French contracts tend to be short (in physical length, not time duration) as much of the information is available within the high-context French culture. American content, on the other hand, is low-context and so contracts tend to be longer in order to explain the detail.

Highly mobile environments where people come and go need lower-context culture. With a stable population, however, a higher context culture may develop.


 High-context culture

 Low-context culture

Overtness of messages

Many covert and implicit messages, with use of metaphor and reading between the lines.

Many overt and explicit messages that are simple and clear.

 Use of non-verbal communication

 Much nonverbal communication

More focus on verbal communication than body language

* Some rows have been elided for brevity.


My opinion is that in order to use and learn a second language, such as all the “English as a second language” writers, we must pay a close attention to the cultural context of the language, and drink in the cultural ethos of the culture of the languages origin. Only then, can we “write/speak” like native speakers.

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Gaussian Curvature

I came across this article on Gaussian curvature recently, which was written excellently. The author has the knack of explaining things as well as anyone.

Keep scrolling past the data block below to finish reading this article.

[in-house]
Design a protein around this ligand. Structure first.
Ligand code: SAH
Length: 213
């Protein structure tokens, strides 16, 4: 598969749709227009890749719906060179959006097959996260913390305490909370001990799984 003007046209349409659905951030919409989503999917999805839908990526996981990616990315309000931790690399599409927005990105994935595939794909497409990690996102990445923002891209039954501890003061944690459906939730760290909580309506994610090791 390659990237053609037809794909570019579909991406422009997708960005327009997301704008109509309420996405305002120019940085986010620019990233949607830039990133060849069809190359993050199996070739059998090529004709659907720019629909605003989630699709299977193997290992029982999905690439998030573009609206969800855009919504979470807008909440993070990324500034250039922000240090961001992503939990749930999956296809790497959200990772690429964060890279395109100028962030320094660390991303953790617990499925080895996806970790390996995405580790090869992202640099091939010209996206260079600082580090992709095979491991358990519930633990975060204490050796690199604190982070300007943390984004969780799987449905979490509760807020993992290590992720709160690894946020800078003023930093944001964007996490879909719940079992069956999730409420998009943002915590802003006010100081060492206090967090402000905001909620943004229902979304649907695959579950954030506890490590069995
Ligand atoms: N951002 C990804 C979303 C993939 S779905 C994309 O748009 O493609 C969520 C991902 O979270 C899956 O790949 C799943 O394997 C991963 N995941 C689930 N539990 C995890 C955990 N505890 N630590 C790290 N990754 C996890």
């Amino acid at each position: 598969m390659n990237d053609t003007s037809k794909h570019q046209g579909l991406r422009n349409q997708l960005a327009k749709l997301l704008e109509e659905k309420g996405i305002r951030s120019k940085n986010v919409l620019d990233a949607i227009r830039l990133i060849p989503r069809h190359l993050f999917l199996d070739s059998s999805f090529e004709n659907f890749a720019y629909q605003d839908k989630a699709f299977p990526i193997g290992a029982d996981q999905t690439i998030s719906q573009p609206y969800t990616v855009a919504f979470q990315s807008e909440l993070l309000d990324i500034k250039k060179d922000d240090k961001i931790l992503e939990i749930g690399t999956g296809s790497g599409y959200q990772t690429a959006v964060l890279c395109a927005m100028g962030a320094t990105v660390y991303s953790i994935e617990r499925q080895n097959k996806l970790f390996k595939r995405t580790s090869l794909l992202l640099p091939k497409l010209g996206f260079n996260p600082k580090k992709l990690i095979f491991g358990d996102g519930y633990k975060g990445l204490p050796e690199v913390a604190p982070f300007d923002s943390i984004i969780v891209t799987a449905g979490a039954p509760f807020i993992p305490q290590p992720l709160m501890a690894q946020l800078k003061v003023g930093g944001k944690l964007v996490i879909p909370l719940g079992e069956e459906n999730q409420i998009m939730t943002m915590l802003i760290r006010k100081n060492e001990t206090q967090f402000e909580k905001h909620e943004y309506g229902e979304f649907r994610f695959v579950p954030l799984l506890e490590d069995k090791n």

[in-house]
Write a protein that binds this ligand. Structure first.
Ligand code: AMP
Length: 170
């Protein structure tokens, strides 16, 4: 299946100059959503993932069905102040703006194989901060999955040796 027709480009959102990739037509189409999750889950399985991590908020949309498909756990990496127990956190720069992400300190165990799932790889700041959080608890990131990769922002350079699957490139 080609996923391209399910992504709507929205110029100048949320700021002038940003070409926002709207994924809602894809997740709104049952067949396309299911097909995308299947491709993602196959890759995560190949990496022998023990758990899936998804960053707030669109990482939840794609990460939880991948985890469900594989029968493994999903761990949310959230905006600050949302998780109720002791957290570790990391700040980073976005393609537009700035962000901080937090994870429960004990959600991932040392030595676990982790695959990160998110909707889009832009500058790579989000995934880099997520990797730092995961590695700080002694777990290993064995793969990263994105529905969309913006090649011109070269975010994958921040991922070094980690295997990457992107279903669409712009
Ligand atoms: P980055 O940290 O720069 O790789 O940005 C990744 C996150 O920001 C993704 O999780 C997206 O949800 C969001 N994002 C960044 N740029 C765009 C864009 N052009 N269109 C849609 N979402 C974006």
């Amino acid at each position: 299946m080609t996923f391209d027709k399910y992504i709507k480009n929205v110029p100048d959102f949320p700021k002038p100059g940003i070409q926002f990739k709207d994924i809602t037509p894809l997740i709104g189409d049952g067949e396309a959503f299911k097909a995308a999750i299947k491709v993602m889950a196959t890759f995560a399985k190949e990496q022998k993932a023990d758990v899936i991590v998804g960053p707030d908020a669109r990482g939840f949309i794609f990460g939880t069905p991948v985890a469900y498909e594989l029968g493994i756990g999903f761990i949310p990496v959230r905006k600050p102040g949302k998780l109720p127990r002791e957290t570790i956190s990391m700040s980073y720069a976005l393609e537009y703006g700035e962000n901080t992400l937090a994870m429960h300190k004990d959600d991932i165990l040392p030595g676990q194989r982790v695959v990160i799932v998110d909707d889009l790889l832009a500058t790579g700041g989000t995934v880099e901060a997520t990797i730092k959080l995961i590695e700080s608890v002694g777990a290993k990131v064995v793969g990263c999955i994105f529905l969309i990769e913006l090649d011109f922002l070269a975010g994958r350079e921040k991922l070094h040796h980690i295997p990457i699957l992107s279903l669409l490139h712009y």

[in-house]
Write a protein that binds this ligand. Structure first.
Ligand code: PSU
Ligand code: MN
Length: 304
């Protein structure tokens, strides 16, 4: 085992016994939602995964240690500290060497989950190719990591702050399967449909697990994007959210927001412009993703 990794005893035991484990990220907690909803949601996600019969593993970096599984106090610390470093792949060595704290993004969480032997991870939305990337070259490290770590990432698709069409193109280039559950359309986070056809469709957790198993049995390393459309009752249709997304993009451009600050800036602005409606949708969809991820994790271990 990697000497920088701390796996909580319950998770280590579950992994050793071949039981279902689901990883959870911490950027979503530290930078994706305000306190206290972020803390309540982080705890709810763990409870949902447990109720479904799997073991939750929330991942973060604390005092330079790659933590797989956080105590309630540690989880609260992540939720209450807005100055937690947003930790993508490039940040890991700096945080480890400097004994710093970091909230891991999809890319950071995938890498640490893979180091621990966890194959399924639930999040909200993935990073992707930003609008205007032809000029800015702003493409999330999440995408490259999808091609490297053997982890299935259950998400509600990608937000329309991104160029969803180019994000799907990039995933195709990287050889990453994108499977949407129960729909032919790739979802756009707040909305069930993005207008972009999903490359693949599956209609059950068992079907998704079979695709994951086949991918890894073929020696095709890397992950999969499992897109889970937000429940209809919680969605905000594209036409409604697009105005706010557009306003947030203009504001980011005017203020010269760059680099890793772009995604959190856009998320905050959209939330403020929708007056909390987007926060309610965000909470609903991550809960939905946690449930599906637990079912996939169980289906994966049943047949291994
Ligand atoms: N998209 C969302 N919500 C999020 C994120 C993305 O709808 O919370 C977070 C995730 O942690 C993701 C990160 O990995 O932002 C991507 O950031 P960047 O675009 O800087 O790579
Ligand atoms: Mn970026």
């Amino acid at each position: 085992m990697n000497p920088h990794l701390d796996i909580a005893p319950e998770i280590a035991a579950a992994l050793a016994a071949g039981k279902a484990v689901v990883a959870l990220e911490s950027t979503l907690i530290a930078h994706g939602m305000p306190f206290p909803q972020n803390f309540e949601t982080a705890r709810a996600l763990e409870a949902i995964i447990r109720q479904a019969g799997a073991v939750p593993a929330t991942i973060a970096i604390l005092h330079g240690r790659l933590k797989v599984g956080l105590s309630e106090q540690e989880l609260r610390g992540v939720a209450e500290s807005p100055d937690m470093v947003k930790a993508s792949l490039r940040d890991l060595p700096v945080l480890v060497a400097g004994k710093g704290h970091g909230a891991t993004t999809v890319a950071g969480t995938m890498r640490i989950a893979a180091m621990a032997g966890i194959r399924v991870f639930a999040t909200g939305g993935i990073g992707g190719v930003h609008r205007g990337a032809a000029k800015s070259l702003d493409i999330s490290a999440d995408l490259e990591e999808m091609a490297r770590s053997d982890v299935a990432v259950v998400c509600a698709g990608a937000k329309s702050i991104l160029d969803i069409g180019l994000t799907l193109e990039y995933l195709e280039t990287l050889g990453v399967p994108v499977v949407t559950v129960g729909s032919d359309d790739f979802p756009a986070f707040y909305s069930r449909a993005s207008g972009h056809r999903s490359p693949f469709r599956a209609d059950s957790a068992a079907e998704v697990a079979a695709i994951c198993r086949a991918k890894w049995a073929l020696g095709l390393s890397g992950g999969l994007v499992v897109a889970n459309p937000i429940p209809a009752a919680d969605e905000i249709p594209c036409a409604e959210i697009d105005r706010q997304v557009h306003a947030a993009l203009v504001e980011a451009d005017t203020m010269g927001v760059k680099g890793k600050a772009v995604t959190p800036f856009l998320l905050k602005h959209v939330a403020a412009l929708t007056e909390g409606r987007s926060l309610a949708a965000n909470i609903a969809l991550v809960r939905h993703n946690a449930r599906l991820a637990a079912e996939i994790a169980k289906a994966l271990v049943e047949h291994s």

Here’s the link to the same:

Here’s the Money quote.

A surprising consequence of this result is that you can take a surface and bend it any way you like, so long as you don’t stretch, shrink or tear it, and the Gaussian curvature stays the same. That’s because bending doesn’t change any distances on the surface, and so the ant living on the surface would still calculate the same Gaussian curvature as before.

This might sound a little abstract, but it has real-life consequences. Cut an orange in half, eat the insides (yum), then place the dome-shaped peel on the ground and stomp on it. The peel will never flatten out into a circle. Instead, it’ll tear itself apart. That’s because a sphere and a flat surface have different Gaussian curvatures, so there’s no way to flatten a sphere without distorting or tearing it. Ever tried gift wrapping a basketball? Same problem. No matter how you bend a sheet of paper, it’ll always retain a trace of its original flatness, so you end up with a crinkled mess.

What does any of this have to do with pizza? Well, the pizza slice was flat before you picked it up (in math speak, it has zero Gaussian curvature). Gauss’s remarkable theorem assures us that one direction of the slice must always remain flat — no matter how you bend it, the pizza must retain a trace of its original flatness. When the slice flops over, the flat direction (shown in red below) is pointed sideways, which isn’t helpful for eating it. But by folding the pizza slice sideways, you’re forcing it to become flat in the other direction – the one that points towards your mouth. Theorema egregium, indeed.

 Must read. Highly recommended.

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Internet Search vs. the Truth

Not everything is rosy with unfettered and unfiltered access to information for everyone.